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Etz Chayim – the ‘Tree of Life’ – is the Hebrew name of Northwood & Pinner Liberal Synagogue.
I do not agree with every Orthodox Rabbi on a regular basis but Rabbi Naftali Brawer, whom we know so well from his time at Northwood United Synagogue, is an exception. With great admiration, I read his letter in the Jewish Chronicle that challenged Rabbis to forsake a congregation-pleasing sermon during the High Holy Days - on the “Israel-Palestine conflict,” one that emphasized the “particular and tribal God of Israel who is ‘on our side,’” for one that invokes the universal God, “before whom all lives are precious and worthy of dignity and before whom the tears of a Palestinian child are as distressing as those of a Jewish child.” Such a sermon might not play, “to the gallery by reinforcing our sense of victimhood, righteous indignation, and moral superiority,” but Rabbi Brawer suggests that it “is only through thinking of God in this way that we can begin to appreciate the divine in the other. That is the crucial first step towards peace.”
Yet, occasionally or for some of us, more often, we find ourselves emoting rather than thinking on religious issues. Our intuition is persuasive and our reasoning stifled. We support the familiar, the favoured. Even when we have a sneaky suspicion that simple responses are inadequate in a complex scenario, we take the easy option and assume the worse of the other.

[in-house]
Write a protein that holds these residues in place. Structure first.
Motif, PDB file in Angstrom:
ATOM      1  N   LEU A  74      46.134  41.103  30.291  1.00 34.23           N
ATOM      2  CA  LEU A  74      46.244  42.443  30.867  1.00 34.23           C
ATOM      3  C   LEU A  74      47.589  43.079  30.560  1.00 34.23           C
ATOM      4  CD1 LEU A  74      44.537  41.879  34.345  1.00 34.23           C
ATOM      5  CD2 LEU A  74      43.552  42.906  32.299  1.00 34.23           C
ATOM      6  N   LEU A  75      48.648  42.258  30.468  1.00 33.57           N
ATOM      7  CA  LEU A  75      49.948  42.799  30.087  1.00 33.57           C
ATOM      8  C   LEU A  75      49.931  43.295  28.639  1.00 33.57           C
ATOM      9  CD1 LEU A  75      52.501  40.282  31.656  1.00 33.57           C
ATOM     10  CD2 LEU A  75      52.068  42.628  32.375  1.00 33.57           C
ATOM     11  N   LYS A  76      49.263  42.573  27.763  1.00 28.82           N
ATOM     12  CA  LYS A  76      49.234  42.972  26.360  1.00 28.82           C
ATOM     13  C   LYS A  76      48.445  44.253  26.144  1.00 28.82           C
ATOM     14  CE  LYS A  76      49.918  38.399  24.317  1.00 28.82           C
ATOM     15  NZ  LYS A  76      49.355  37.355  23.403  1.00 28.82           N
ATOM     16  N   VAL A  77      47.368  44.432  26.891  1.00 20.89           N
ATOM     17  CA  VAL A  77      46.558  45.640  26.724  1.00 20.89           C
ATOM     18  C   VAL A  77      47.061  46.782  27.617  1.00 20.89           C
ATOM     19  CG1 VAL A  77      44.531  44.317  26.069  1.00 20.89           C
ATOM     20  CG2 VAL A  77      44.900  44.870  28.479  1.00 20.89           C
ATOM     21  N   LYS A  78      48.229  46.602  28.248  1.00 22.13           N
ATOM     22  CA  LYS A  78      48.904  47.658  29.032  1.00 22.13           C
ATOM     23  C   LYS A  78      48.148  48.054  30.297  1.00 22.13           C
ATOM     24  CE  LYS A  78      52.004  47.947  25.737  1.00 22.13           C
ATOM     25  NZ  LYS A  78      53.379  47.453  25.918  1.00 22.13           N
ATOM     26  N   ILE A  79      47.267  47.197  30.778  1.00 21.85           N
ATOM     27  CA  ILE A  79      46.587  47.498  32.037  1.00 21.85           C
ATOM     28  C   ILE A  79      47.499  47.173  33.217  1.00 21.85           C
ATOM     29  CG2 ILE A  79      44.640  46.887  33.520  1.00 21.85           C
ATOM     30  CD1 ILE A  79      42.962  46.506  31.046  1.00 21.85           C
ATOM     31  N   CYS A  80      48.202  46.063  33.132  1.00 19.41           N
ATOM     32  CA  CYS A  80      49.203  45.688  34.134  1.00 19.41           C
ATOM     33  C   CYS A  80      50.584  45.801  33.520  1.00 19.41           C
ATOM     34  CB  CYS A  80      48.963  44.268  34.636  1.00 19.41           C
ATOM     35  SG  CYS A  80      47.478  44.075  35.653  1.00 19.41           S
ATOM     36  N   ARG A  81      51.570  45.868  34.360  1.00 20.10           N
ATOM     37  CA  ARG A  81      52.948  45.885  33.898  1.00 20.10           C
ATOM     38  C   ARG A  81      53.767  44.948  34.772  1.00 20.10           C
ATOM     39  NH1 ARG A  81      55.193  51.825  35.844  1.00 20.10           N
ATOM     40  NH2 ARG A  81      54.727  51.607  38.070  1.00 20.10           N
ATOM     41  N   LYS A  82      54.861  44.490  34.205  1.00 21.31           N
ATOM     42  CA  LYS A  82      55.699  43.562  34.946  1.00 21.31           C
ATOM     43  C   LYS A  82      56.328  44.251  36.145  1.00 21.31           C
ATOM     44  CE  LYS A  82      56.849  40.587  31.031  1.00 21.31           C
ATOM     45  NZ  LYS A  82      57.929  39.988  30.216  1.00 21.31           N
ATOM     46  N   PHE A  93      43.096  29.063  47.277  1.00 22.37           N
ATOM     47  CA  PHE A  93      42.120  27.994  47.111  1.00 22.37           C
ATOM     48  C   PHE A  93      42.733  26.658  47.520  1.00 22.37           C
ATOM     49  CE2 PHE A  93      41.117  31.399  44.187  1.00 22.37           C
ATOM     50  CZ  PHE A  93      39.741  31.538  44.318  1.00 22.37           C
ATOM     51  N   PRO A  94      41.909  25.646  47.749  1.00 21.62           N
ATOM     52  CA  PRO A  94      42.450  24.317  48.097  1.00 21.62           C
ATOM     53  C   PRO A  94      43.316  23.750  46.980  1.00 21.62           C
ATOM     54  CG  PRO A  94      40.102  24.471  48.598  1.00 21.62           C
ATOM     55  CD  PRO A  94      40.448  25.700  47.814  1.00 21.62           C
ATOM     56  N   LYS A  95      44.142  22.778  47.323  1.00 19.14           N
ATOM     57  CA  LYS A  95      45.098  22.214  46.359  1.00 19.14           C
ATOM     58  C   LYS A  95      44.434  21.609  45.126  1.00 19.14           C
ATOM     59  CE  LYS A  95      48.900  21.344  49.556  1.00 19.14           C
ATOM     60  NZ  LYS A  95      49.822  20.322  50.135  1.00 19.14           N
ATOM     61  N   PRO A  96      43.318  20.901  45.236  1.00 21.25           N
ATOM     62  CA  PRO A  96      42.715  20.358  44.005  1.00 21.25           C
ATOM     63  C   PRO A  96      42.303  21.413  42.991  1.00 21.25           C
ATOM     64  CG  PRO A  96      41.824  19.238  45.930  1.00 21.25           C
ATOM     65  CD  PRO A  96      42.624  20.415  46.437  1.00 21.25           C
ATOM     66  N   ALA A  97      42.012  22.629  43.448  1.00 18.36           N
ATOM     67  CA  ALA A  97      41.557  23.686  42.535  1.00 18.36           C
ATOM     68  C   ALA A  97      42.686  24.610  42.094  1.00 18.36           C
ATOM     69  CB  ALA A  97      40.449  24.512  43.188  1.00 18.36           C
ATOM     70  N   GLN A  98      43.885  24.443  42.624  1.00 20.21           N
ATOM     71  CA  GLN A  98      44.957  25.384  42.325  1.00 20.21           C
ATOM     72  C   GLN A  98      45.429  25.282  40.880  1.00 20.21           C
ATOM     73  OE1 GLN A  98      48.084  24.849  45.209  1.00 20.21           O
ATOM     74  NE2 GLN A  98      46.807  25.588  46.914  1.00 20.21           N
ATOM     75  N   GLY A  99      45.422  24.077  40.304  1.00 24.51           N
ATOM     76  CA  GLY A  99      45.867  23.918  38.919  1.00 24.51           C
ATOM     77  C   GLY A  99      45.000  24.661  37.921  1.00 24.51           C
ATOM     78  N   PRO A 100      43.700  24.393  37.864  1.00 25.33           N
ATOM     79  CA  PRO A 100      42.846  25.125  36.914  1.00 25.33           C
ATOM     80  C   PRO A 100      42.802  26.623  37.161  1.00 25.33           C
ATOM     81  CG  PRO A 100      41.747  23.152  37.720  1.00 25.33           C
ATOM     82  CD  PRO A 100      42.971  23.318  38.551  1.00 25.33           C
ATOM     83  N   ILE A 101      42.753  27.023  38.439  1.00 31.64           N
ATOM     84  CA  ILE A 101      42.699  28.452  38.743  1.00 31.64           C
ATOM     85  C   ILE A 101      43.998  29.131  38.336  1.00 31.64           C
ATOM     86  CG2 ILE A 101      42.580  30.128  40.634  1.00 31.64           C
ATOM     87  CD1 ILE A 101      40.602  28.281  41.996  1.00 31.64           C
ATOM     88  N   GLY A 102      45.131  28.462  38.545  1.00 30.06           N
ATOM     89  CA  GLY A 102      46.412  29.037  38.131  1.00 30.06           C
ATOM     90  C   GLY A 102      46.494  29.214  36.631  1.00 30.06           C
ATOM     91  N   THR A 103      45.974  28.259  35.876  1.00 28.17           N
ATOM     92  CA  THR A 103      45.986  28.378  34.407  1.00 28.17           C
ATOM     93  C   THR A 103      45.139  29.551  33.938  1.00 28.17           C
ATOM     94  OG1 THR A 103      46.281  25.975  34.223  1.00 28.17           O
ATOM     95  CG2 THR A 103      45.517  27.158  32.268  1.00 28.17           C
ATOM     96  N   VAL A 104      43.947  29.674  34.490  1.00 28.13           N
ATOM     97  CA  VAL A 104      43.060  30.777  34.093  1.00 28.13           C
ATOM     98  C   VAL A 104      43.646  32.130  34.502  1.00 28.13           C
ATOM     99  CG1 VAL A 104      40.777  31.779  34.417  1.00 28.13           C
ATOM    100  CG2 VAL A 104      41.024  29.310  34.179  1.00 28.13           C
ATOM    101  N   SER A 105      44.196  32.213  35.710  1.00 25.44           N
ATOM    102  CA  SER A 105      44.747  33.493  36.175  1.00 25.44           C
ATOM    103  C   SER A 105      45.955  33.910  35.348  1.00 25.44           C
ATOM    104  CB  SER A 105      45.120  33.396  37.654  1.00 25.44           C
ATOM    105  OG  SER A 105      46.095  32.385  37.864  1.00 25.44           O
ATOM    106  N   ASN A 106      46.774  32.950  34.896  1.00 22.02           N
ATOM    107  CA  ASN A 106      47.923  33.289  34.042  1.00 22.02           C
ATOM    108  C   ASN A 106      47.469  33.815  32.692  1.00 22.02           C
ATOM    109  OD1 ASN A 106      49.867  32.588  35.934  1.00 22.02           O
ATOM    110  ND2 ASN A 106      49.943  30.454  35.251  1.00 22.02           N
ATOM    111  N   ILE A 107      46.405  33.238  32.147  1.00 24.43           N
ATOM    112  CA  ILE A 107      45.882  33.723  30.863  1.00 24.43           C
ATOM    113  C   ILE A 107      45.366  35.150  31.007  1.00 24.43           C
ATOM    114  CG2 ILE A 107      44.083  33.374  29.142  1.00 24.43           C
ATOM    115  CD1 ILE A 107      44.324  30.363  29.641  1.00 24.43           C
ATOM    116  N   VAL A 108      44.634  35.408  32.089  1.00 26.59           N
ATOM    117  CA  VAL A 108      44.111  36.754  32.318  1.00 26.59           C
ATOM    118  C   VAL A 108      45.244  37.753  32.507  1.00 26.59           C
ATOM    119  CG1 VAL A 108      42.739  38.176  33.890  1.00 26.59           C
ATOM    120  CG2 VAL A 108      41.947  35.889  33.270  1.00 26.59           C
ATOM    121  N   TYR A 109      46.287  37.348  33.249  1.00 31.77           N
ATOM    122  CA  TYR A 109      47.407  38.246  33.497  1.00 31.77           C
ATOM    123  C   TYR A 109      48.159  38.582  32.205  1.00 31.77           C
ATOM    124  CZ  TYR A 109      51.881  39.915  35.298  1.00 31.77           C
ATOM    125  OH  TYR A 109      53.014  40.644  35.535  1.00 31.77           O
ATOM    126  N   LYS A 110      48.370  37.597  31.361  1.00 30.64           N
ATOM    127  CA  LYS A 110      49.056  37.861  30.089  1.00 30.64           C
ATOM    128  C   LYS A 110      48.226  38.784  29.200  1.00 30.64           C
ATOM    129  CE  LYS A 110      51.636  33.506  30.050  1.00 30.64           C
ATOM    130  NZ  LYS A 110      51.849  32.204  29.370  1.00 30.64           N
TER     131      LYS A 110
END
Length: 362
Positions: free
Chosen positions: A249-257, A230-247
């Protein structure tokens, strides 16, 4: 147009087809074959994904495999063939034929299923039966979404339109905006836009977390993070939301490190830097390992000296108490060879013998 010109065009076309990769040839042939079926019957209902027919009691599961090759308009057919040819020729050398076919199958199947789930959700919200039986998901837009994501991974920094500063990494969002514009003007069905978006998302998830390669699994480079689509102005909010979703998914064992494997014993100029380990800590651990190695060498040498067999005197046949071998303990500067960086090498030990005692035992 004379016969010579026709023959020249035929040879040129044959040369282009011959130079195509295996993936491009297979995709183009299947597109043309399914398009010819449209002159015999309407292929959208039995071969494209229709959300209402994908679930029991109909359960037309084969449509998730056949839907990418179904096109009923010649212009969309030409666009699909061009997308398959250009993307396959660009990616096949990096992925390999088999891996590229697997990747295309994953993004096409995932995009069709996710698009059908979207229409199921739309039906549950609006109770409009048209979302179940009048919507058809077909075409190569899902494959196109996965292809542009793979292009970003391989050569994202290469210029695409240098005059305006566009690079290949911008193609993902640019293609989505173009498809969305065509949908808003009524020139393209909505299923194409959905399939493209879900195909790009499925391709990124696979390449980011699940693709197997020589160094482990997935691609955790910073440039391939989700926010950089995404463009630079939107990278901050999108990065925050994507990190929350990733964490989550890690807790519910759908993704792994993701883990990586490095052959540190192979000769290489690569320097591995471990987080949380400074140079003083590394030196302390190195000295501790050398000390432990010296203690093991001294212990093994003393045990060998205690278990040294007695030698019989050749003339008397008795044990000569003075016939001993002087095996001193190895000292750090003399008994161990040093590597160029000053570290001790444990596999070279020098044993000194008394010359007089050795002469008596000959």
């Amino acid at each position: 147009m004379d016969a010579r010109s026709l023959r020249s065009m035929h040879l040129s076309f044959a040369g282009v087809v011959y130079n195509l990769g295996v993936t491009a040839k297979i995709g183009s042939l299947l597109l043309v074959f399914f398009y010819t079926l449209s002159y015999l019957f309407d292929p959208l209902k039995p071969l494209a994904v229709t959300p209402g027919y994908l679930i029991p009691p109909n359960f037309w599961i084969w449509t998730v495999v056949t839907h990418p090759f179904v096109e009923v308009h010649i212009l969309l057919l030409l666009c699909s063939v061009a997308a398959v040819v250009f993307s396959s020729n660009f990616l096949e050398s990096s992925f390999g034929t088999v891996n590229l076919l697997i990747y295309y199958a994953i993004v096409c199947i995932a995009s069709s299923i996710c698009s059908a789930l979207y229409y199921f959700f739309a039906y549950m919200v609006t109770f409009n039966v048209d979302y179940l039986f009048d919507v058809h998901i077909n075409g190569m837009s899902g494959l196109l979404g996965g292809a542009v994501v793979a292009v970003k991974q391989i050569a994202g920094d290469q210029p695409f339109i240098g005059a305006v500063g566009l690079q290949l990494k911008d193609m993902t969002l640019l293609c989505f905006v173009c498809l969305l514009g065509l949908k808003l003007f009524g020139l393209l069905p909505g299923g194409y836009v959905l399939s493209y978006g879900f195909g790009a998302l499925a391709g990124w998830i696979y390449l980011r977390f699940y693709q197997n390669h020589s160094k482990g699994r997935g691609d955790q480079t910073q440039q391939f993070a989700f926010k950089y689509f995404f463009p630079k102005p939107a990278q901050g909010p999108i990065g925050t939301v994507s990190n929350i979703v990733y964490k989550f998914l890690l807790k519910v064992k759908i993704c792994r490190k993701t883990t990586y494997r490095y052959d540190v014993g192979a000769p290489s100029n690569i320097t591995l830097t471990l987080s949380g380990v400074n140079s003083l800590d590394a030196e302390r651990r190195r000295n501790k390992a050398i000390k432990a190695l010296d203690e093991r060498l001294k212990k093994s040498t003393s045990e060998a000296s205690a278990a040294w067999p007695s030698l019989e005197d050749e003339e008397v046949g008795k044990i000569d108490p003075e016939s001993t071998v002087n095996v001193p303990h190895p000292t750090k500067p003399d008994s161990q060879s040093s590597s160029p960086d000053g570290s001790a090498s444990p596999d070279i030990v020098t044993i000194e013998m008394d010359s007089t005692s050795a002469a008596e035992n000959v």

To think intuitively in a Jewish way is to seek the welfare of the Jewish People. NPLS has, and will continue to be, a thinking religious Community. Our Israel Committed Group is utterly committed to supporting the right of Israel to exist, the coexistence of all Israeli citizens, and to promote Progressive Judaism which seeks to implement the liberty and justice envisioned by our ancient Prophets and modern-day Israel’s founders. This past year, we as a Community have engaged with the intuitive: purchasing equipment to support the life-saving work of Save A Child’s Heart and providing funds for Leket Yisrael, to supply food products to the far too numerous whose lives are blighted by poverty in Israel. We have enabled Idan Reuven, an Israeli Ethiopian to enter education at the Leo Baeck Centre in Haifa and outside of Israel we have funded food parcels for our twin Community in Yvpatoria, Ukraine, provided religious books and artifacts to the Abuyadaya Congregation in Uganda and supported projects through Jewish Women’s Aid and more.